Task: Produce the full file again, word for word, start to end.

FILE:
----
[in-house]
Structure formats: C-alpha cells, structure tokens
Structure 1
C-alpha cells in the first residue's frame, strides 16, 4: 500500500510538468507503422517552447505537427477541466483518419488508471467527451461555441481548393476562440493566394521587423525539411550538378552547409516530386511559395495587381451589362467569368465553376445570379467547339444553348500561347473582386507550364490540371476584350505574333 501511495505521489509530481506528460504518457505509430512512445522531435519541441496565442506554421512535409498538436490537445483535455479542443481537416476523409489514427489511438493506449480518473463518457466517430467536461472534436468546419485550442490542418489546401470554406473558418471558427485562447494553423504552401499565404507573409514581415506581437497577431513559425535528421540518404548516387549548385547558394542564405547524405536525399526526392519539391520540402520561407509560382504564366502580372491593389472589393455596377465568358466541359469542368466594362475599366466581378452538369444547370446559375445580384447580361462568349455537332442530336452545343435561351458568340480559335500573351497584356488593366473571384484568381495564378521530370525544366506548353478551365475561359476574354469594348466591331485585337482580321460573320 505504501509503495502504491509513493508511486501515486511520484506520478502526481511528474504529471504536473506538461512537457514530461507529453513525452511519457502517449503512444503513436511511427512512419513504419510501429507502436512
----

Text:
[in-house]
Structure formats: C-alpha cells, structure tokens
Structure 1
C-alpha cells in the first residue's frame, strides 16, 4: 500500500510538468507503422517552447505537427477541466483518419488508471467527451461555441481548393476562440493566394521587423525539411550538378552547409516530386511559395495587381451589362467569368465553376445570379467547339444553348500561347473582386507550364490540371476584350505574333 501511495505521489509530481506528460504518457505509430512512445522531435519541441496565442506554421512535409498538436490537445483535455479542443481537416476523409489514427489511438493506449480518473463518457466517430467536461472534436468546419485550442490542418489546401470554406473558418471558427485562447494553423504552401499565404507573409514581415506581437497577431513559425535528421540518404548516387549548385547558394542564405547524405536525399526526392519539391520540402520561407509560382504564366502580372491593389472589393455596377465568358466541359469542368466594362475599366466581378452538369444547370446559375445580384447580361462568349455537332442530336452545343435561351458568340480559335500573351497584356488593366473571384484568381495564378521530370525544366506548353478551365475561359476574354469594348466591331485585337482580321460573320 505504501509503495502504491509513493508511486501515486511520484506520478502526481511528474504529471504536473506538461512537457514530461507529453513525452511519457502517449503512444503513436511511427512512419513504419510501429507502436512